The FBI shelled out nearly seven figures to break into the infamous San Bernardino iPhone, according to a senator who may have let the world know with a slip of her tongue.
California Sen. Dianne Feinstein said last week that the FBI paid an outside group $900,000 to access the iPhone of Syed Rizwan Farook — information that’s supposed to be classified. Farook and his wife killed 14 people in San Bernardino, California, on Dec. 2, 2015.
“I was so struck when San Bernardino happened and you made overtures to allow that device to be opened, and then the FBI had to spend $900,000 to hack it open,” Feinstein said said during a Senate Judiciary Committee hearing last week. “And as I subsequently learned of some of the reason for it, there were good reasons to get into that device.”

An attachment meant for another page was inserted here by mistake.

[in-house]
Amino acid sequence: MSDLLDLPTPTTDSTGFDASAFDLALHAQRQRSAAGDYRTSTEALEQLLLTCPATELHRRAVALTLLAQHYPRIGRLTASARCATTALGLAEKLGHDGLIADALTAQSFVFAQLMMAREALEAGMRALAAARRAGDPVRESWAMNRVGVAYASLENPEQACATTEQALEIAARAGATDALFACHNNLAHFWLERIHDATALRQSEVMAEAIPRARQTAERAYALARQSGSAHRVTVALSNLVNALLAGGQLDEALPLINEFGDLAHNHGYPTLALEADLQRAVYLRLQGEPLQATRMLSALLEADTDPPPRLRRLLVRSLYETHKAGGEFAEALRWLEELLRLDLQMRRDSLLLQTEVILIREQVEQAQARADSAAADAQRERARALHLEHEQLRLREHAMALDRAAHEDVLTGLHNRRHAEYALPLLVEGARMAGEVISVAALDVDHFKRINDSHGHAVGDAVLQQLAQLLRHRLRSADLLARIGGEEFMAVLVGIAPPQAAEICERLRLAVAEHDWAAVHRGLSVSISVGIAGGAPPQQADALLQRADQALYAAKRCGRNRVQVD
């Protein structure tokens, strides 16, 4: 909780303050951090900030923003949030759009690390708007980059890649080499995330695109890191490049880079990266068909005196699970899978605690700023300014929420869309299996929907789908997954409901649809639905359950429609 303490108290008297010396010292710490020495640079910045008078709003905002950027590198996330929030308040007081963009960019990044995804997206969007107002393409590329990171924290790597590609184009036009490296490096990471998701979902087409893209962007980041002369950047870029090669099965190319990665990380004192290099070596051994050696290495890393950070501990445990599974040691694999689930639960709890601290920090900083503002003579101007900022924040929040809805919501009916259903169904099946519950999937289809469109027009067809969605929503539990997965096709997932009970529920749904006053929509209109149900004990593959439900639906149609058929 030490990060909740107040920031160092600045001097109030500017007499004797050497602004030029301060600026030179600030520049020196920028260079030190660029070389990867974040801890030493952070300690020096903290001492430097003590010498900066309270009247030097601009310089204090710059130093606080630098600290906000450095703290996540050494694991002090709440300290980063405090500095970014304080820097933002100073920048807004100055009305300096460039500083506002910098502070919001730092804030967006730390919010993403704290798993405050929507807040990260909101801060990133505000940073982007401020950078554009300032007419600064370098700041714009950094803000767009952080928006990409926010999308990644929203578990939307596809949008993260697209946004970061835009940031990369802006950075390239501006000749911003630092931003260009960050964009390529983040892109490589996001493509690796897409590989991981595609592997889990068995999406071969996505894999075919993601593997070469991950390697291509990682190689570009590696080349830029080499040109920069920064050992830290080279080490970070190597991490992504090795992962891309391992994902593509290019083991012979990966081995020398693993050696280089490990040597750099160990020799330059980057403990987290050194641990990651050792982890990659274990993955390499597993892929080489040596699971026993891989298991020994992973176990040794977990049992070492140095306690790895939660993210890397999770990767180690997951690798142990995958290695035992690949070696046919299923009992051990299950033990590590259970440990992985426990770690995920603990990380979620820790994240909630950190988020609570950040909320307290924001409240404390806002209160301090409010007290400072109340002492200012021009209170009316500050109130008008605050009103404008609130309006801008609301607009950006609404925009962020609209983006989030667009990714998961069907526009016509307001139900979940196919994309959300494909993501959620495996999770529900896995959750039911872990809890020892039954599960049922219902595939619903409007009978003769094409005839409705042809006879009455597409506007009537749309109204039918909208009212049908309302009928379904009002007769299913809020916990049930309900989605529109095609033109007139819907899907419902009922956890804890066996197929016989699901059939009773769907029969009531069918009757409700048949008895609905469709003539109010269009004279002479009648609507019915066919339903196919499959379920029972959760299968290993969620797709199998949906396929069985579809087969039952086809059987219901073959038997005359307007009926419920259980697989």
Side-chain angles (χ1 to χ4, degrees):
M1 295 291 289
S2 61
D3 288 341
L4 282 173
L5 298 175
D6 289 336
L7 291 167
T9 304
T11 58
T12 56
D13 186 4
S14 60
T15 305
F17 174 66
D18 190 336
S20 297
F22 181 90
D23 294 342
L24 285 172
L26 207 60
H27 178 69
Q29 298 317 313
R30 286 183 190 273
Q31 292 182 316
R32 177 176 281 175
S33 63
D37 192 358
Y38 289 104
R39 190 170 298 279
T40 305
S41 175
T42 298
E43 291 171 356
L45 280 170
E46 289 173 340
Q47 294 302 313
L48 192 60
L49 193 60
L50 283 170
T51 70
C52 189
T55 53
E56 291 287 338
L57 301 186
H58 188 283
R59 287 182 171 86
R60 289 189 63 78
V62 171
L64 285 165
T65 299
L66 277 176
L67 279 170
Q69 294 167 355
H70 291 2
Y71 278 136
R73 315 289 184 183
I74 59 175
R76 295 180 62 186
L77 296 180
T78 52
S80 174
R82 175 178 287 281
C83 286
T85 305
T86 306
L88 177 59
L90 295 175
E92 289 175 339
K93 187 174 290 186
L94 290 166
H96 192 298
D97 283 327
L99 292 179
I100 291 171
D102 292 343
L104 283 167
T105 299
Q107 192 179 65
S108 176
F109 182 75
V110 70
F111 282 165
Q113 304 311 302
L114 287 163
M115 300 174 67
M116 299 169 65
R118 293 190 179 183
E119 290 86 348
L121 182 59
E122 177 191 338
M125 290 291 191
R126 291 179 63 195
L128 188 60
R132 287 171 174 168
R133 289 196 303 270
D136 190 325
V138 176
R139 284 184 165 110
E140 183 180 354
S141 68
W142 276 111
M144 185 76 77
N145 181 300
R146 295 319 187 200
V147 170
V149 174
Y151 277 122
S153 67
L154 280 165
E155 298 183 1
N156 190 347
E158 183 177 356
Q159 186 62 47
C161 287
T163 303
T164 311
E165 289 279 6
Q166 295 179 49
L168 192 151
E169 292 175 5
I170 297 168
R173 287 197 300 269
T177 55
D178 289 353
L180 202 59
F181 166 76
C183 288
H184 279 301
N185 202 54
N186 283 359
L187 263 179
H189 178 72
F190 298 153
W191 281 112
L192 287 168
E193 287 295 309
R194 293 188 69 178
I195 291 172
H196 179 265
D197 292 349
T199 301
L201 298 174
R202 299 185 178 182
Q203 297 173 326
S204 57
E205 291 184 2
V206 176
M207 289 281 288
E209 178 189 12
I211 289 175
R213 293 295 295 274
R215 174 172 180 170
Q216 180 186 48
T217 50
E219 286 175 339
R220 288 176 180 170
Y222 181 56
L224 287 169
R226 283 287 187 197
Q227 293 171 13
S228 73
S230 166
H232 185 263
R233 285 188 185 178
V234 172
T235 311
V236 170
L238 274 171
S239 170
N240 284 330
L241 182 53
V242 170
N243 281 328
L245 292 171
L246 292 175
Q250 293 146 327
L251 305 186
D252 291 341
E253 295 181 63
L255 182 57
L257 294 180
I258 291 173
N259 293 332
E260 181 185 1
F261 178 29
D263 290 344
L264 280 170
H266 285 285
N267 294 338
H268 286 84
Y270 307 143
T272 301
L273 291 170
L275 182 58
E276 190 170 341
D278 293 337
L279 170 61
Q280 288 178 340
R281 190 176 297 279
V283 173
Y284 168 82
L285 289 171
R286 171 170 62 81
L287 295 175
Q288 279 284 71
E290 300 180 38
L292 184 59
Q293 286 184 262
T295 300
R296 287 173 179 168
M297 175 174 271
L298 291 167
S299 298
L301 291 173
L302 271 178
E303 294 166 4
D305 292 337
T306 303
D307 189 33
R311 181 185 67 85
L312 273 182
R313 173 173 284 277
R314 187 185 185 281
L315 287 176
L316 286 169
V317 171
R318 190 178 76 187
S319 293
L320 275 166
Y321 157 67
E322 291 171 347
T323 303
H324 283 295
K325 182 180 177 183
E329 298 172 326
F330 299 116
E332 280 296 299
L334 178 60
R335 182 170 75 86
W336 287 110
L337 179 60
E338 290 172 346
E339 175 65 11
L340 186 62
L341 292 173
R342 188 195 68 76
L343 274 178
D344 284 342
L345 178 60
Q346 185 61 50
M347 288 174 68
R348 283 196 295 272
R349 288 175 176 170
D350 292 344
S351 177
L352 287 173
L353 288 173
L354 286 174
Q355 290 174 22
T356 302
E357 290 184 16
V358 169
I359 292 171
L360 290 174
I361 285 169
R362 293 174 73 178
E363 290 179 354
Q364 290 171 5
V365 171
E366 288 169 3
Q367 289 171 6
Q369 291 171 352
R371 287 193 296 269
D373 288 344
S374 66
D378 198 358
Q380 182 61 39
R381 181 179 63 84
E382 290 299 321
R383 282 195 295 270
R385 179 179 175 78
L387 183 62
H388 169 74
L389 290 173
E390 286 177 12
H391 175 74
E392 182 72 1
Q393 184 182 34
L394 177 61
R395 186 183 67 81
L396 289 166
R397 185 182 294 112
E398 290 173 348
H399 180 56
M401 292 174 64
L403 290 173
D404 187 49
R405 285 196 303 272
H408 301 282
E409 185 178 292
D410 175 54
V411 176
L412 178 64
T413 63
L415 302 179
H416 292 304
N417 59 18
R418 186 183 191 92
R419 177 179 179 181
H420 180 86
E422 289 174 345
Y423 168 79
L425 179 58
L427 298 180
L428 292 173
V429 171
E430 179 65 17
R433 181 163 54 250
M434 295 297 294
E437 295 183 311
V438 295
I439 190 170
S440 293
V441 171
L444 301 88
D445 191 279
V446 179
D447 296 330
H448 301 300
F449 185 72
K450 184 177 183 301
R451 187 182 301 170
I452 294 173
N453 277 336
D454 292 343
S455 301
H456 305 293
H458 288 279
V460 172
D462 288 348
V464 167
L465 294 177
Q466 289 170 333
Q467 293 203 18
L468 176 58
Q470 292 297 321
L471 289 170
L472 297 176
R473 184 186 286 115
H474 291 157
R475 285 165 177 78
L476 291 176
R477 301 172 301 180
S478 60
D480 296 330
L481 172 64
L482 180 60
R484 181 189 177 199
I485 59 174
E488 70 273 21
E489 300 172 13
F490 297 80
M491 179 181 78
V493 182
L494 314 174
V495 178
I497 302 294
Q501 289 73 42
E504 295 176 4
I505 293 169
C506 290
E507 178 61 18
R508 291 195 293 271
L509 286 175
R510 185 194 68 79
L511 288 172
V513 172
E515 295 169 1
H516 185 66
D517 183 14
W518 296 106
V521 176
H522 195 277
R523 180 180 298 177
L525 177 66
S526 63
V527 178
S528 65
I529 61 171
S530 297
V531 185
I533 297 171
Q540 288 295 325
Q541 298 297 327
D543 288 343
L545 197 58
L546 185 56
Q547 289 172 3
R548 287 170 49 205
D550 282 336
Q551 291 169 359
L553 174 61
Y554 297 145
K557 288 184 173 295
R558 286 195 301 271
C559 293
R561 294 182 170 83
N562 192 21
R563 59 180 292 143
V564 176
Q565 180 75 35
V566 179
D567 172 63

Before the FBI got together with a third party, it appeared they were in for an extended legal fight with Apple, which didn’t want to give the agency access to its phone. The legal fight would have been monumental in the arena of security versus privacy, but, after a few public spats, the FBI avoided the whole thing by finding a third party, and Apple executives no longer had to choose between helping the government and insisting on the integrity of its products.
The FBI has still not identified that third party, despite news publications suing for the information.